7. Maybe even go commando afterwards

Especially if you’re feeling a little sensitive, it can feel real nice after getting fresh and clean to air your lady parts out a little too. If that’s not your style, you might go for cotton undies and loose PJs for prime air circulation. It’ll stop bacteria growing as well.

8. Check yourself out in the mirror

Seeing your crazy sex-hair and your gorgeous naked bod that’s just been tended to very well indeed are enough to make you feel a weird sense of pride (and the hair may be so wild it’ll make you laugh). In private, you might also check your lady parts to make sure everything looks good down there too.

9. Feel a little emotional 

I mean, people don’t just break down and cry after sex, but it’s normal to feel a little more affectionate or even vulnerable after opening yourself up to someone as you just did.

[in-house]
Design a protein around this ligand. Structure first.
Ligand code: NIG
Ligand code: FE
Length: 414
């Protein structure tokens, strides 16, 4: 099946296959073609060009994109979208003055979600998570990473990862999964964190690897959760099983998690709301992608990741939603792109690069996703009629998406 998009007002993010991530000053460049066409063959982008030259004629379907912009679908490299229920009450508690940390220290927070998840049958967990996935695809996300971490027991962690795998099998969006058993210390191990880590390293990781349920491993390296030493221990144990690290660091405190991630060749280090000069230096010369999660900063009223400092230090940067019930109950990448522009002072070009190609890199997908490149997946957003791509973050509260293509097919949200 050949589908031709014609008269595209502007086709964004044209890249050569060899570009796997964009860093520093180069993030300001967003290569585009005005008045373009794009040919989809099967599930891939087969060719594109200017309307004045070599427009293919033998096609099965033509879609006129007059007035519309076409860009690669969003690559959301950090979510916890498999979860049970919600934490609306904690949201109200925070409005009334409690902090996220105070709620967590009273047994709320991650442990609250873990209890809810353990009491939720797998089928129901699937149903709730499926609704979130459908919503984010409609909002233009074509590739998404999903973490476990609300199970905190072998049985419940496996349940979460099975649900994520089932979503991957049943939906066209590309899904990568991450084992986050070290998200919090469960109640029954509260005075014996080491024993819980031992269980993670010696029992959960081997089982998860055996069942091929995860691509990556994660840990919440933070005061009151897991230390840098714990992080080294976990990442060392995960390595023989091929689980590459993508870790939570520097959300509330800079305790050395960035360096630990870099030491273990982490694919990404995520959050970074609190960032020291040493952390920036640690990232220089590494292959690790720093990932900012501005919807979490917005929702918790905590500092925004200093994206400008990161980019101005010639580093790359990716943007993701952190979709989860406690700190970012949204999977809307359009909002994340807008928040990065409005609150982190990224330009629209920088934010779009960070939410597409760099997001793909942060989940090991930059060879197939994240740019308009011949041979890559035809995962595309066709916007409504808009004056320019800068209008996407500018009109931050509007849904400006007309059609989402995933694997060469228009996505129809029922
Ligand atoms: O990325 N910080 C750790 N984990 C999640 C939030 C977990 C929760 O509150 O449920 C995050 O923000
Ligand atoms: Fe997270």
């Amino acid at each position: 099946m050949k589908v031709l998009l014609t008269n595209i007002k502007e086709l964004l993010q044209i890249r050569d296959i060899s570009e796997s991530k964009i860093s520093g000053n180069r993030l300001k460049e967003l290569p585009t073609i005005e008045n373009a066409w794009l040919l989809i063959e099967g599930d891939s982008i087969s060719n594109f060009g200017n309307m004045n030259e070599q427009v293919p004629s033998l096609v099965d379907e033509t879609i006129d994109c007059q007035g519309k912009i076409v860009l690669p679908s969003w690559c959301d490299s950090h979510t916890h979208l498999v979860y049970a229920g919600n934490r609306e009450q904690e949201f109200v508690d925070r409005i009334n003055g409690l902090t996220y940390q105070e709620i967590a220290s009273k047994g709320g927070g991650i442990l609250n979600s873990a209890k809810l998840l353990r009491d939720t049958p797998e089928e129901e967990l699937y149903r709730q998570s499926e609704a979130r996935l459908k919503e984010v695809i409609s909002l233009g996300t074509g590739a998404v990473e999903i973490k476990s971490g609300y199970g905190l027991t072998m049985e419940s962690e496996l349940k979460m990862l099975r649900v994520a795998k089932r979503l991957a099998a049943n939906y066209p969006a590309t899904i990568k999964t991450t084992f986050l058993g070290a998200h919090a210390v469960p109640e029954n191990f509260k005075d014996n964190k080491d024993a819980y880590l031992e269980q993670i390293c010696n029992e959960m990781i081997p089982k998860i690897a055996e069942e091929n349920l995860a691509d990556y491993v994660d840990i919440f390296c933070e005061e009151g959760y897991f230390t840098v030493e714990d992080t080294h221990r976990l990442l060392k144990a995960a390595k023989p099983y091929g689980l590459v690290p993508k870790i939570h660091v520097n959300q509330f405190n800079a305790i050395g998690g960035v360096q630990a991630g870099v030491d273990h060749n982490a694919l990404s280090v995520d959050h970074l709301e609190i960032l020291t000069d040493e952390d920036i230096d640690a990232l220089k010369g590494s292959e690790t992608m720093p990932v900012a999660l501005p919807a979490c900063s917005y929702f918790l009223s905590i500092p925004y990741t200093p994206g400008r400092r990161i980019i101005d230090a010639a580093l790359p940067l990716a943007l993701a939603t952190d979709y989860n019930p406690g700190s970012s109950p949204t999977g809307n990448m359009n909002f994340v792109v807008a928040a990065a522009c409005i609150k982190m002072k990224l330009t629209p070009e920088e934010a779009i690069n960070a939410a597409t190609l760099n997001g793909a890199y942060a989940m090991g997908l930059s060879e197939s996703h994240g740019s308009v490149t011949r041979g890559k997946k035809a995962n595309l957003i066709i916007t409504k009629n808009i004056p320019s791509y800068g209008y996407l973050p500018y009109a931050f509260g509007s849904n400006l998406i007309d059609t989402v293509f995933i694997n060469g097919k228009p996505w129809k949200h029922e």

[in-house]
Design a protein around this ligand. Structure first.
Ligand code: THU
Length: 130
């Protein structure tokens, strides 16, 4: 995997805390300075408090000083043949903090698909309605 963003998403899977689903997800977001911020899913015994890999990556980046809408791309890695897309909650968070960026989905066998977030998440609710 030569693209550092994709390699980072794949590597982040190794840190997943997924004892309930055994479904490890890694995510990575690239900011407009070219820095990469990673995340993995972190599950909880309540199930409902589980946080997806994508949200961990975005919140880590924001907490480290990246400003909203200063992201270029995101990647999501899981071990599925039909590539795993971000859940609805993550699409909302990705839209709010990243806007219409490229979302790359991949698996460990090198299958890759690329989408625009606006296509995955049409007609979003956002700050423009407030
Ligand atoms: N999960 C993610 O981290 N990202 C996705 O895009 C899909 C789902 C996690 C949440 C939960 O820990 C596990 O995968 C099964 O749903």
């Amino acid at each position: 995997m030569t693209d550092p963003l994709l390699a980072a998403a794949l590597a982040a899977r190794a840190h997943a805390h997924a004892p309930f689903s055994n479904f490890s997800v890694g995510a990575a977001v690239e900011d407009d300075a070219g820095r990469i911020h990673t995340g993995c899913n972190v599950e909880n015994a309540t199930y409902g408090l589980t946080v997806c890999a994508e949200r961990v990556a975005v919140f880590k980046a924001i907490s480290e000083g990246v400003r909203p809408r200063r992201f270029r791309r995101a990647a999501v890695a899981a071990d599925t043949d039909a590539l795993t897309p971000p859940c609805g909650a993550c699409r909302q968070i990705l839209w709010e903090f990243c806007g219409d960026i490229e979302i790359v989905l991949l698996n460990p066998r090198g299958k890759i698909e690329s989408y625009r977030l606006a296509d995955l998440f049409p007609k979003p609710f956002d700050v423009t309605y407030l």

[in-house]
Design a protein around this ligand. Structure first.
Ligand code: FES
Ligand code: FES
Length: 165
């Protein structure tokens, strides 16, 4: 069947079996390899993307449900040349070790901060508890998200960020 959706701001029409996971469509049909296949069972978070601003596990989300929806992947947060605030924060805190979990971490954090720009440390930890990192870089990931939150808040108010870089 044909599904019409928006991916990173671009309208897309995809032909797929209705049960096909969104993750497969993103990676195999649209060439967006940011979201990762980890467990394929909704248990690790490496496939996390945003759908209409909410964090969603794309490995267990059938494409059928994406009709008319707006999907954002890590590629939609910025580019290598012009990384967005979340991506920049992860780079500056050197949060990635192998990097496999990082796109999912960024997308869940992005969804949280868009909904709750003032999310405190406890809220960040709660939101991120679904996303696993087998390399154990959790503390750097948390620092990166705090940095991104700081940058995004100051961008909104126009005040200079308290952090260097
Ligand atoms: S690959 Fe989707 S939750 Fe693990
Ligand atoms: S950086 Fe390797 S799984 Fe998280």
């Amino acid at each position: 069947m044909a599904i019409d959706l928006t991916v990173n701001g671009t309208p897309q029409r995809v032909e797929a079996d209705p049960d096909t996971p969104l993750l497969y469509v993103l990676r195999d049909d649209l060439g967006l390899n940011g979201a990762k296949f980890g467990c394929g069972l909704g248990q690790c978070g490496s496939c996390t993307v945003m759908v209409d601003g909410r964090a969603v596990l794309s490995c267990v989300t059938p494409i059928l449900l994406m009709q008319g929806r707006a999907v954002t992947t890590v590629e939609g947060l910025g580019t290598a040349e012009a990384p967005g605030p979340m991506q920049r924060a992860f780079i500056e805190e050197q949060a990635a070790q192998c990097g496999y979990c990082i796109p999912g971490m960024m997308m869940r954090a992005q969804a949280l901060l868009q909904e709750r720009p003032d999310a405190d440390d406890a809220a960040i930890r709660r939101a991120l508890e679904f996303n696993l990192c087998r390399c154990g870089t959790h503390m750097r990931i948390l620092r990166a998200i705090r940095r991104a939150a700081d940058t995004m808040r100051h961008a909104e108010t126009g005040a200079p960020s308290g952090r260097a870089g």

10. Think about washing your sheets

You know there’s nothing better than sleeping in clean, fresh sheets. But then again, your hot date is coming over again on the weekend… so you’ll probably just open the window and let everything air out naturally. Just do it next time.

Health & Lifestyle

Cote d’Ivoire: Destroying the Killer Rice



Authorities in Cote d’Ivoire have destroyed 18,000 tonnes of rice declared to be unfit for human consumption.

This follows tests carried out by the country’s consumer association which had demanded the government to do so after the cargo from Myanmar had been refused entry in Togo, Guinea and Ghana over quality issues.

The national and international quality control tests revealed the unfit nature of the rice.

It should be noted that most African countries depend on imports because local farmers are unable to meet the ever rising demands.

Source: Africanews

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Health & Lifestyle

Mali: Donkeys deliver vaccines as diseases spike with violence



Reuters DAKAR –

With spiraling ethnic violence exposing more children in Mali to fatal diseases, health workers are using donkeys and boats to deliver life-saving vaccines, charities said on Wednesday.